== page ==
Venetian Arsenal or in Italian Arsenale di Venezia is a huge complex of shipyards and armories that once guaranteed the naval supremacy of the Venetian republic and insured the prosperity of its naval trading routes. At its peak, thousands of workers at this place had a special status in Venice due to the importance of shipbuilding – they were the only ones insured to receive the pay if old or ill.
At the beginning, there were numerous small shipyards all around Venice. In the 13th century, it was decided to put together the knowledge of shipbuilding and reunite the expertise of numerous shipbuilders. This is how the Arsenal of Venice was founded and continued to grow for the next 400 years. The surrounding properties were expropriated, while numerous canals and bays were constructed in order to make place for construction buildings, storage houses and of course - ships.
Over time, the arsenal grew to become the largest structure of the city, covering 48 hectares and occupying 10% of the surface of the city.
At the peak of the Venetian power, thousands of its workers could assemble even three ships in one day. The incredible efficiency of the shipbuilders was rooted in the good division of work and the use of standardized materials. This is why some people refer to Arsenal as the first assembly line that preceded the industrial revolution.
In the Arsenal, massive galleasses were constructed, being much larger than the usual merchant galleys. In 1571, these ships ensured the victory of the Catholic coalition (Papacy, Spanish and Venetian armadas) against the Ottoman Empire. In the battle of Lepanto, 273 Turkish galleys with around 100,000 soldiers on board confronted the collation forces that consisted of 230 ships and around the same number of soldiers. Large Venetian galleasses were hiding more than 50 cannons on board and each opened fire. It was a massacre in which 40,000 men were killed in only four hours.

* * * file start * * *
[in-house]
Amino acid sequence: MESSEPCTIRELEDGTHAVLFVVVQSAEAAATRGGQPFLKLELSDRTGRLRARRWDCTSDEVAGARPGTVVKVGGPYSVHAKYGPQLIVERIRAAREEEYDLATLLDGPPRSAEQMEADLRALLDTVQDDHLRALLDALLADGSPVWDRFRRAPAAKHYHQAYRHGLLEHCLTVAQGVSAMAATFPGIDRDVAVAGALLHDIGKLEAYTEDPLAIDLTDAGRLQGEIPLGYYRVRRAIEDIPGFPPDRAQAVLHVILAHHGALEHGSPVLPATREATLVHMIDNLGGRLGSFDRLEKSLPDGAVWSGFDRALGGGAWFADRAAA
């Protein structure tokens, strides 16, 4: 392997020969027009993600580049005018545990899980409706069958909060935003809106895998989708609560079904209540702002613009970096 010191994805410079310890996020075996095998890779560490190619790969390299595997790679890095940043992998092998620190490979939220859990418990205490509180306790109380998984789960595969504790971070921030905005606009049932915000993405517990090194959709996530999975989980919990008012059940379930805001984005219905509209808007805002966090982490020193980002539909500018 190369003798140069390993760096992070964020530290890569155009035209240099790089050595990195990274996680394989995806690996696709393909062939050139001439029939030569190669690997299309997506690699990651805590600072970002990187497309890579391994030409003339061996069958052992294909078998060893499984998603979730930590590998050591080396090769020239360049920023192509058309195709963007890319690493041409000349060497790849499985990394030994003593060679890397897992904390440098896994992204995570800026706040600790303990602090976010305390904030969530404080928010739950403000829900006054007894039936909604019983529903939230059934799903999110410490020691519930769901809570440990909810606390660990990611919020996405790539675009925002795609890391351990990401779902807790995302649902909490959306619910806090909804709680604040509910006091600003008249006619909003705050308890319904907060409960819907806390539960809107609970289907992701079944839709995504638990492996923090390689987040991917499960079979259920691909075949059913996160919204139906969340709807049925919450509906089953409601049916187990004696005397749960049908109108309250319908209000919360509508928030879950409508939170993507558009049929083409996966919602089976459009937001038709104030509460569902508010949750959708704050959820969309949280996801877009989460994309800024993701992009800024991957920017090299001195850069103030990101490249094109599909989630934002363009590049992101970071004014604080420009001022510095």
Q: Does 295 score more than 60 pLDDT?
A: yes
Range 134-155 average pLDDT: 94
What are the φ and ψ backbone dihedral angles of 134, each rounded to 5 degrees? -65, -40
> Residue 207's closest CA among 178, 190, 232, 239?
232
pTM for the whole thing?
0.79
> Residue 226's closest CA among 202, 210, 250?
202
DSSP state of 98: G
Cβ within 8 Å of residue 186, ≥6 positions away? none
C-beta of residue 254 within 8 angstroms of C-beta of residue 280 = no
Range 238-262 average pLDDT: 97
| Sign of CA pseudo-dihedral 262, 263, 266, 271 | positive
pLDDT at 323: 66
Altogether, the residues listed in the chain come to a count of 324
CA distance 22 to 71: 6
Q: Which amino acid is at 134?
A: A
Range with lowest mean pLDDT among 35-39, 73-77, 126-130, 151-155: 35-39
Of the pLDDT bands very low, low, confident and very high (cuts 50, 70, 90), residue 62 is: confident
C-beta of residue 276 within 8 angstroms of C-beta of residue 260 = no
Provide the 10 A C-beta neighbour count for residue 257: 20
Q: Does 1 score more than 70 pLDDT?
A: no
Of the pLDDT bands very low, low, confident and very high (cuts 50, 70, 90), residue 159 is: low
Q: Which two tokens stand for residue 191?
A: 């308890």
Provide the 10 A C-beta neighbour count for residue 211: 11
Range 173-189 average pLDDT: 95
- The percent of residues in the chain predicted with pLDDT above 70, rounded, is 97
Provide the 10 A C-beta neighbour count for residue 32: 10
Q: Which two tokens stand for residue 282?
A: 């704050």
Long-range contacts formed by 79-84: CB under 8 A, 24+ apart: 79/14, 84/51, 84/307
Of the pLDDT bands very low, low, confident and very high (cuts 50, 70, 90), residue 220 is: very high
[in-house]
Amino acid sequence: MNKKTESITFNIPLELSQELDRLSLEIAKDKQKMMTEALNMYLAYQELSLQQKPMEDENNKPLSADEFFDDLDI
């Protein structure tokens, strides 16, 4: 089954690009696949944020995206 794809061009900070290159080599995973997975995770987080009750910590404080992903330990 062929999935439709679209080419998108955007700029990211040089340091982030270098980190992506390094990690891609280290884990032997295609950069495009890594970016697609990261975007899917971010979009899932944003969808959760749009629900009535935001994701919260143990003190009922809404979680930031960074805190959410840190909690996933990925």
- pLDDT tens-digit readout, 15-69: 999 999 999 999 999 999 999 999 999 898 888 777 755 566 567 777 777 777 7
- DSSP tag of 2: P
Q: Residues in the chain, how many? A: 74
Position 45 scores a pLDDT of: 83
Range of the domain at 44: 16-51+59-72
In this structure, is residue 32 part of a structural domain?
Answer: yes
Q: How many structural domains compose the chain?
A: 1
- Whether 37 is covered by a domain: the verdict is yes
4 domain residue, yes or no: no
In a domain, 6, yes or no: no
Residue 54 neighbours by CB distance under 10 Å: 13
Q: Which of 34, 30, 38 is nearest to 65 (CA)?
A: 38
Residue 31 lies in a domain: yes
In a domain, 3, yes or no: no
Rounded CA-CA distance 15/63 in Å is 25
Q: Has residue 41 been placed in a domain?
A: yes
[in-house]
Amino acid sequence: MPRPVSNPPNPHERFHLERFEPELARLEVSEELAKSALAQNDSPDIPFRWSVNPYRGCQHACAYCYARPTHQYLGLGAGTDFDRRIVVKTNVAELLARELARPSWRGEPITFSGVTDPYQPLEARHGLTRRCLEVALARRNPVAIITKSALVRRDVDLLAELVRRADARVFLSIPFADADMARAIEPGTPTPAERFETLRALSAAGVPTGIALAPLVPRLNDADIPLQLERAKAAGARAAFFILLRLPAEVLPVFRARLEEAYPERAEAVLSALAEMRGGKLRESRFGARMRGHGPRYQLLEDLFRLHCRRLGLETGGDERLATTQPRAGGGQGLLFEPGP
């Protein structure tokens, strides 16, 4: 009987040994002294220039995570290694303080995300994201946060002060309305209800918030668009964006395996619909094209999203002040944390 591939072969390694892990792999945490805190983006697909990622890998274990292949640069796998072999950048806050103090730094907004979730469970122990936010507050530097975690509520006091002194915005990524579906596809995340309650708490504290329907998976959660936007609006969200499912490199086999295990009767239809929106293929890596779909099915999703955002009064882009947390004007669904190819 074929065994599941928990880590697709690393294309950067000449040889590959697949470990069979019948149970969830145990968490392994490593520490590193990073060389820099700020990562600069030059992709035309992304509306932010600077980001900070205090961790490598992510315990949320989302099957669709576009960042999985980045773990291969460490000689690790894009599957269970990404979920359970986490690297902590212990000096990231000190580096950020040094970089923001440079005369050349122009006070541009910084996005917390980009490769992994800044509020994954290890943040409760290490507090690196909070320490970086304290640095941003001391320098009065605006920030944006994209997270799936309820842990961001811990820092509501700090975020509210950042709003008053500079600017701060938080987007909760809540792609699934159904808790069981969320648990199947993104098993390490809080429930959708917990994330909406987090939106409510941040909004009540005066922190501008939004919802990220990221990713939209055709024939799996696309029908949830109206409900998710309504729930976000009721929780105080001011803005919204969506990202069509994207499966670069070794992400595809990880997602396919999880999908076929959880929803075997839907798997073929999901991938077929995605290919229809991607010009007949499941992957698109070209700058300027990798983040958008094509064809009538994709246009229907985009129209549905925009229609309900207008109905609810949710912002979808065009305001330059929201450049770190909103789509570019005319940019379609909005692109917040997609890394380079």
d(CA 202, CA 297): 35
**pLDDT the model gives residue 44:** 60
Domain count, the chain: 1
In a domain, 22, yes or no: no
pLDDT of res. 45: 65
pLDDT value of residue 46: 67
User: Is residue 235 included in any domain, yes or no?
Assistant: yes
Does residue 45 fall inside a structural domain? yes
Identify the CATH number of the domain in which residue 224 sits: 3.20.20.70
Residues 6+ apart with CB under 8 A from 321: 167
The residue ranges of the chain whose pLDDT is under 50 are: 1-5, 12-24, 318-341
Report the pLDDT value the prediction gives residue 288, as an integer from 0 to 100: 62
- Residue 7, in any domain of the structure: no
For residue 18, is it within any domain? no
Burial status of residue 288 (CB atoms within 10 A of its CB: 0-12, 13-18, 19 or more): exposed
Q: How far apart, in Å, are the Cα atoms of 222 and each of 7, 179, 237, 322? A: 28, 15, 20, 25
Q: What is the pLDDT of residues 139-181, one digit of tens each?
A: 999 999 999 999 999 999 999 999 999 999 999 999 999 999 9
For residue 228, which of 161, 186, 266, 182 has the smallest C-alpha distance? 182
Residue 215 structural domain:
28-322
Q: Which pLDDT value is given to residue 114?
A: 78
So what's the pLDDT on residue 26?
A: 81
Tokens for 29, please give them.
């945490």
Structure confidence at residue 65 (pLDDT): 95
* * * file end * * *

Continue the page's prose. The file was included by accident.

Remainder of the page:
It is the only complex in Venice protected by a wall. Venice was always protected by the see, those characteristic shallow waters and canals that proved to be fatal to whoever didn’t know the safe passage routes. Therefore, the walls had no defensive purpose, but were rather constructed with the aim of protecting the Arsenal from the indiscrete eyes and hiding what happens within the arsenal.
In one section of the Arsenal, away from the eyes of even the workers at the arsenal, master builders traced the curves of the ships’ frame. The right curve of the frame would allow the ship the perfect speed, maneuverability and carrying capacity, but any mistake would cause the ship to be slow and not easily manageable. These secrets were so well-protected, that a master builder could reveal his secrets to the chosen apprentice only in oral form, since any writing was prohibited.
Standardization was another great achievement of the Venetian Arsenal. While building a ship’s frame was considered an art that was jealously protected, all other parts were built in the same manner. Therefore, in each port controlled by the Venetian republic, there were replace parts ready to be used on any boat for any kind of maintenance.
The master shipbuilder personally inspected the forests that belonged to the Venetian Republic. There he would choose the right wood for quality and mark the tree with the Venetian coat of arm in order not to be cut down by the local population.
Before the extensive use of canons on boats, one of the most reliable boats was the Venetian galley. It could host 200 to 250 rowers that would guarantee the return of the ship and the transported goods even with the absence of wind. Rowers were not the slaves or prisoners, but rather free citizens of the Venetian Republic that would receive a four-month pay before they would set sail. Also, they were permitted to transport a small amount of goods bought in one of the foreign ports without paying for the transportation, so that they would sell them in Venice on their return, ensuring an additional income for the rowers.
Venetian Arsenal today
A part of this enormous structure is used by Venetian Biennale. This section of the Arsenal is used for the organization of the famous exhibitions. Therefore, this section of the Arsenal can be visited by visiting Biennale.
The other section of the Arsenal still belongs to the Italian Navy and it also can be visited, but only in a guided tour that must be booked way in advance.
For this reason most people decide to visit one of the gates of the Arsenal (indicated on the map), from where they can enjoy the view on this immense structure and get an idea of how large the entire complex is.